Trail surface: Quiet country roads, river banks and forest trails
Difficulty: Moderate; bring food and water and suitable clothing
Distance: 12 kilometres
Total height gained: 200 metres
Duration: Three to four hours
Dogs: No dogs allowed, as this walk goes through farmland
Start: At the newly erected map board at Aasleagh
O/S maps: 1:50000, numbers 37 and 38
The Western Way
Aasleagh to Sheeffry
Our walk this month is along part of the Western Way from Aasleagh to Sheeffrey. This is a nice moderate walk suitable for most ages. Taking in the most stunning of scenery ranging from Fiords, rivers, lakes and forests, this section is ideal for walkers who would like to get a taste of the Western Way without over-stretching themselves.
As always when doing the Western Way, one must plan for some means of being collected when finishing each stage, as it is a linear route as distinct from a looped walk. On today’s walk Rosaleen Ní Shuilleabháin, my fellow Recreation Officer from Forum Connemara accompanied me, and we left one car in Sheeffrey and drove the other to Aashleagh, starting our walk at the newly erected Western Way map board there.
After a brief walk along the shores of Killary Fiord, we entered the grounds of Aasleagh Lodge beside the Erriff River. The lodge and the forest plantation was once owned by the Marquise of Sligo, and during the war of independence the lodge was burnt down but then partially restored in 1926.
The lodge and the fishing rights have come under the management of Delphi Adventure Centre, which is endeavouring to make the facilities more accessible. They are serving teas, coffees and scones to the general public and the promotional sign we encountered shortly after commencing the route proved too irresistible to ignore, so hence our first detour.
After tea in these sumptuous surroundings, the first sight that greets the walker on their return to the river is the renowned Aasleagh Falls. The weather in late July had been very wet and the river was in full flood. Aasleagh Falls, though beautiful at all times, are especially spectacular when there is a flood on the river.
On exiting the lodge grounds, the Erriff valley suddenly opens up before you as the trail follows beside the river for some 5 kilometres. The flat river plains one now encounters are in direct contrast to the imposing Ben Gorm Mountain to the North West and the Devil’s Mother* to the south. The scene would not be amiss in one of Robert Service’s poems of the Yukon, where he once wrote, ‘The icy mountains hemmed you in with a silence you scarce could hear’.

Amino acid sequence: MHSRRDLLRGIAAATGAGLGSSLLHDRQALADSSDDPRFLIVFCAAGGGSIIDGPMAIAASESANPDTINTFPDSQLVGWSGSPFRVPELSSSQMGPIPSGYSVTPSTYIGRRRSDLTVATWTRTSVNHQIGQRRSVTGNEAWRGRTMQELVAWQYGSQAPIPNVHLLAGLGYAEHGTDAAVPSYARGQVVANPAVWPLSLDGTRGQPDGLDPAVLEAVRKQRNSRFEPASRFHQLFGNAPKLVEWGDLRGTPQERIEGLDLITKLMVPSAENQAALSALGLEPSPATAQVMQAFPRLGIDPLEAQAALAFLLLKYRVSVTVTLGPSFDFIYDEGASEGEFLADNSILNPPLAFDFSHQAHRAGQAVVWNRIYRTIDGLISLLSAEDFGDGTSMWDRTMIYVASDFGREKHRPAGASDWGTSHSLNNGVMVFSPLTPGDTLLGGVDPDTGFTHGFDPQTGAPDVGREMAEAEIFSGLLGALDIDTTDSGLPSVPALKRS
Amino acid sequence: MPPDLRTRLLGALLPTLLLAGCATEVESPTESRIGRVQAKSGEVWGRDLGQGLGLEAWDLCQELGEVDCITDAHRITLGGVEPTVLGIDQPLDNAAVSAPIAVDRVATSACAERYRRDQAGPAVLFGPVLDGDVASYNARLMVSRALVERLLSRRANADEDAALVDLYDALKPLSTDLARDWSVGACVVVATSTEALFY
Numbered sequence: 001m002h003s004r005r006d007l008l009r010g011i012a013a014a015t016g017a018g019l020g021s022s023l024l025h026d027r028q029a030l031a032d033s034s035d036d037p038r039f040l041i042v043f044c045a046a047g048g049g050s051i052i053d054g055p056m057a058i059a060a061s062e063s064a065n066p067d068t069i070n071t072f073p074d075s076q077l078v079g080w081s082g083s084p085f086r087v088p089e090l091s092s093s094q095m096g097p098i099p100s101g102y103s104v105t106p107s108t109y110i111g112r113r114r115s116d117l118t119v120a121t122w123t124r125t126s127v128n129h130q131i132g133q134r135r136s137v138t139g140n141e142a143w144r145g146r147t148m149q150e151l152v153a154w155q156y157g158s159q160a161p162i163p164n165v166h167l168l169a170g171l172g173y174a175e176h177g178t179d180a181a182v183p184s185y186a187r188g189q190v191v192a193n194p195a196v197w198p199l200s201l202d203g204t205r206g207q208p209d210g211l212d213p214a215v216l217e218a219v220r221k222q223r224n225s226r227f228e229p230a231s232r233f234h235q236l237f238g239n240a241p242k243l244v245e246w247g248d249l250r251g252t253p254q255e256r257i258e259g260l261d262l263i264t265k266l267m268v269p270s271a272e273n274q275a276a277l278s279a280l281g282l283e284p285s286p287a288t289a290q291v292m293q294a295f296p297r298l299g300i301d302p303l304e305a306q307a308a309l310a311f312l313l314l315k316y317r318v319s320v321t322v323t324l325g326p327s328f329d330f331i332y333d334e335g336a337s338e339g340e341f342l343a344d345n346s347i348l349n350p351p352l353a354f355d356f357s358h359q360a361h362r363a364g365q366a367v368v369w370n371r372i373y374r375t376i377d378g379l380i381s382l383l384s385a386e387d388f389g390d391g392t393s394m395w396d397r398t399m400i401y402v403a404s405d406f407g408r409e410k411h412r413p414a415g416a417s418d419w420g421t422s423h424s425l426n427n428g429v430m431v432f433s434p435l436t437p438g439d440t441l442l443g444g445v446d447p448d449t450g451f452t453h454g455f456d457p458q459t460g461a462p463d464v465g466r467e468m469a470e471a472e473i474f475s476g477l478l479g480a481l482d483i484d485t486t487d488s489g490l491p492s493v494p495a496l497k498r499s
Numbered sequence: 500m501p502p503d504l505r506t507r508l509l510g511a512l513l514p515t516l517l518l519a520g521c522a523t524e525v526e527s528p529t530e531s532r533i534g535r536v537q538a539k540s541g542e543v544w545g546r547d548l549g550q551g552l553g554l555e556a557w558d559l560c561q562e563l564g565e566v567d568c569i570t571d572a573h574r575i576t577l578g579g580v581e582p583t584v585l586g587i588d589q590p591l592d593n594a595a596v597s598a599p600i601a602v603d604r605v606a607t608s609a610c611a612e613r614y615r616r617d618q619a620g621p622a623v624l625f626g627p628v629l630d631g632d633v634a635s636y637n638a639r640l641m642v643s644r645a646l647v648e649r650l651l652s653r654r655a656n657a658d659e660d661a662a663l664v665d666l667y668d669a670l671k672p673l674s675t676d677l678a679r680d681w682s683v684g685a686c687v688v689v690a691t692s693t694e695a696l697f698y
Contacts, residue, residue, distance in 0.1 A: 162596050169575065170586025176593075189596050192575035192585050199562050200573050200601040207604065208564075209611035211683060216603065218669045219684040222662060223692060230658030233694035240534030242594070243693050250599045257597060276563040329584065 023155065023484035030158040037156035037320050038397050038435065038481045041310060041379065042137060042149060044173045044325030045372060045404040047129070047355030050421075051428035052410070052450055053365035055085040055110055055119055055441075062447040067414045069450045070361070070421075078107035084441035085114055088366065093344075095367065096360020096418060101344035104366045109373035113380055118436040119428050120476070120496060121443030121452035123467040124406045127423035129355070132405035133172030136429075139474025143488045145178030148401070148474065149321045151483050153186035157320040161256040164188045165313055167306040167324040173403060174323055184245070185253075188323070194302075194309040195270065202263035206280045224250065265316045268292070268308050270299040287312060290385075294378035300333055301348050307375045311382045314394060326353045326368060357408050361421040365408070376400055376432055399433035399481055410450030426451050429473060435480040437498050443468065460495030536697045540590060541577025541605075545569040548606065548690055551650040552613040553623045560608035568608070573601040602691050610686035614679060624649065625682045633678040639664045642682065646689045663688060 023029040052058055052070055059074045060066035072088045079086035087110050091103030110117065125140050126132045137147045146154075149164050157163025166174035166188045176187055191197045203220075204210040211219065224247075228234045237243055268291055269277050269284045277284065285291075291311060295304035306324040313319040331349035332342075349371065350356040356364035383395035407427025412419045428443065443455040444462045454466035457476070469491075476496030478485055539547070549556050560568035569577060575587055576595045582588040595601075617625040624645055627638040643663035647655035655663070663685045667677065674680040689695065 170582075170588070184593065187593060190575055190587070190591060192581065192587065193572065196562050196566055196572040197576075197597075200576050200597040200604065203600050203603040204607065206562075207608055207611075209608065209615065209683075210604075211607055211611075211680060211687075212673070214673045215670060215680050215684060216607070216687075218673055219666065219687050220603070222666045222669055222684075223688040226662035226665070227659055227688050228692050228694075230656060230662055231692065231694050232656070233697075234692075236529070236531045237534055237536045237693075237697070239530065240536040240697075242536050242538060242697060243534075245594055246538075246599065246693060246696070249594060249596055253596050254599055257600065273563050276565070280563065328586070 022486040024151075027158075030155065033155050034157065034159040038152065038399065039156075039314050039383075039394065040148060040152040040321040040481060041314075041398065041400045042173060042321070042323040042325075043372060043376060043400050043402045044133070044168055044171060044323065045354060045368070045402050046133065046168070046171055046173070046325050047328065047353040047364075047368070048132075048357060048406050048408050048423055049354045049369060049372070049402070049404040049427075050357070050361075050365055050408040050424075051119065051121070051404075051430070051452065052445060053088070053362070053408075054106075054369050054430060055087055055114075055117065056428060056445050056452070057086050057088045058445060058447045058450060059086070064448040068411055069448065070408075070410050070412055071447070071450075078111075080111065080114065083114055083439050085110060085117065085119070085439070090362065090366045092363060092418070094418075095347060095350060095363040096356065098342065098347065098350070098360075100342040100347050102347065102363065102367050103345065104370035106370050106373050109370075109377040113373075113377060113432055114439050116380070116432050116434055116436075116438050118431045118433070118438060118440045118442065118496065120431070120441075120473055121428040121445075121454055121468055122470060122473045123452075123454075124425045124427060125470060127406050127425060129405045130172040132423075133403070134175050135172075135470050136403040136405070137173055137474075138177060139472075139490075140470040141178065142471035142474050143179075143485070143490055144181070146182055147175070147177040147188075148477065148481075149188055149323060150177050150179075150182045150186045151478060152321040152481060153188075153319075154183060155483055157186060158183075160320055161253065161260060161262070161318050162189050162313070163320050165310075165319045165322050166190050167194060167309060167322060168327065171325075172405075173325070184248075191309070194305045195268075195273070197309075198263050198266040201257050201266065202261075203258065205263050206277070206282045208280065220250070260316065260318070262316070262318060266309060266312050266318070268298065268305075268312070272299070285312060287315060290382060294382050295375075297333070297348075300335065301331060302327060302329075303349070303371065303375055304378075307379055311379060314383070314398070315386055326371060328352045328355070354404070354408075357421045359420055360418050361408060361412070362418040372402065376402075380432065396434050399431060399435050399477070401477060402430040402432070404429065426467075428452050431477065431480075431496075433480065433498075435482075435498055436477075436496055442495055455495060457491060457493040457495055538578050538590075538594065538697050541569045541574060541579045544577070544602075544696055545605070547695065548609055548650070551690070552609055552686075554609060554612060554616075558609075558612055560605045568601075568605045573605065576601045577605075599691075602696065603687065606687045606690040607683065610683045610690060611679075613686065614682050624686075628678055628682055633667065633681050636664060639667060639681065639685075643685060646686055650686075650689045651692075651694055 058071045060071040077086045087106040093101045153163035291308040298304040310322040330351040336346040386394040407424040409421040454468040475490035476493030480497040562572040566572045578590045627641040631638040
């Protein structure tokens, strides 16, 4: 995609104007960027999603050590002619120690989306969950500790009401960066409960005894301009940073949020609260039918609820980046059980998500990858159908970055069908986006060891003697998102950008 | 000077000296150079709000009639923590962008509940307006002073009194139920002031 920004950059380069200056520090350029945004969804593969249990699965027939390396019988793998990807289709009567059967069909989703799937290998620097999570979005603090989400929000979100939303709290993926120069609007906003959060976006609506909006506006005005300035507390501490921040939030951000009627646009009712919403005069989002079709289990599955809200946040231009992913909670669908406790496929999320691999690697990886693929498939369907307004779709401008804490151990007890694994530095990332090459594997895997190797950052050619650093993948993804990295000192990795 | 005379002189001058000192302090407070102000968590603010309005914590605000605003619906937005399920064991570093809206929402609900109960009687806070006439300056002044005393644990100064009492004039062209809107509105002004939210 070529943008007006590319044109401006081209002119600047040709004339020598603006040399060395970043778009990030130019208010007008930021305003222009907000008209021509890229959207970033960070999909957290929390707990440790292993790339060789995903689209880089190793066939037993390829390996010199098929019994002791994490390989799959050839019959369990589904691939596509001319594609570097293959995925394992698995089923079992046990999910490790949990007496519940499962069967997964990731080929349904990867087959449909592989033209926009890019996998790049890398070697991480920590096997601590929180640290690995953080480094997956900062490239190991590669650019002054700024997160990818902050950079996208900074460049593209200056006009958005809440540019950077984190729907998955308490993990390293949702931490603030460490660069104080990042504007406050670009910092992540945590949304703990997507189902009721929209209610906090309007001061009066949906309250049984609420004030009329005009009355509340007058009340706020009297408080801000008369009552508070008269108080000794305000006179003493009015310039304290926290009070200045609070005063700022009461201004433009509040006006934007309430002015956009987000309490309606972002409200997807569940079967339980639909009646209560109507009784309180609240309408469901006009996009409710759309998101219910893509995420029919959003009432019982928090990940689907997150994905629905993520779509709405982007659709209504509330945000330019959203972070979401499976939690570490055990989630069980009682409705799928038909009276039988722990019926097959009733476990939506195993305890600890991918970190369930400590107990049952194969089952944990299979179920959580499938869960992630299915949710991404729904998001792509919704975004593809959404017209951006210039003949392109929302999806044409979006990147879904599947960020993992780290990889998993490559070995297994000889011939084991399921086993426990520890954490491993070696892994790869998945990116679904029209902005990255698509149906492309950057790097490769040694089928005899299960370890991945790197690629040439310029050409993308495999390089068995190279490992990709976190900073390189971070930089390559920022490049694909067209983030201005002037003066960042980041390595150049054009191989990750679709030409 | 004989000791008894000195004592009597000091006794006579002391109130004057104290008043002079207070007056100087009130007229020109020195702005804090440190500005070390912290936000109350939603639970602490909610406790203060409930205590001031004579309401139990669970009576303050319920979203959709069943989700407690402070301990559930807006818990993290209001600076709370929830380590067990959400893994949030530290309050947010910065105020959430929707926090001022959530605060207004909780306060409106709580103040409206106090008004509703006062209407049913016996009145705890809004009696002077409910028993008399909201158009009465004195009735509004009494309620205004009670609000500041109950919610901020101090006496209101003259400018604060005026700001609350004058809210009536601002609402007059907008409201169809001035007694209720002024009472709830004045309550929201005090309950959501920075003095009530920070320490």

The trail then leaves the river at Houston Bridge and, after a brief walk with stunning views south to Leenane, enters Tawnyard Forestry. The forest is managed by Coillte, the state forestry agency and the dominant tree species here is lodgepole pine, which is currently being harvested.
The trail skirts Tawnyard Lough with its outflow to the Owenduff River, which in turn feeds the Erriff. A number of small islands can be seen on the east end of the lake. The westernmost of these is possibly a Crannóg. Crannógs were secure dwelling places – artificial islands reached by boat or by subsurface stepping stones – that date back to the Bronze Age (c. 1500BC).
The first climb of this section is now before you: the ascent to the Sheeffrey Pass. This pass affords a panoramic view of the mountains of south Mayo, where the emblem for the Western Way, Saint Dabeoc’s Heath, can be found. The quaint village of Drummin to the north beckons in the distance along with the first tantalising views of Croagh Patrick. However, those destinations must wait for another day as we end our day’s trek at the stone-cut Sheeffrey Bridge that spans the Glenlaur River.
* The old Gaelic translation of the ‘Devil’s mother’ may surprise some readers and is open to different interpretation. All opinions welcome!
Martin Dillane works for South West Mayo Development Company as Rural Recreation Officer. His job includes the design, development and promotion of walking and cycling trails. He can be contacted at firstname.lastname@example.org. Every month, he will cover a new section of the 200km Western Way, which starts in Oughterard, Co Galway, and ends in Bonniconlon in north Mayo.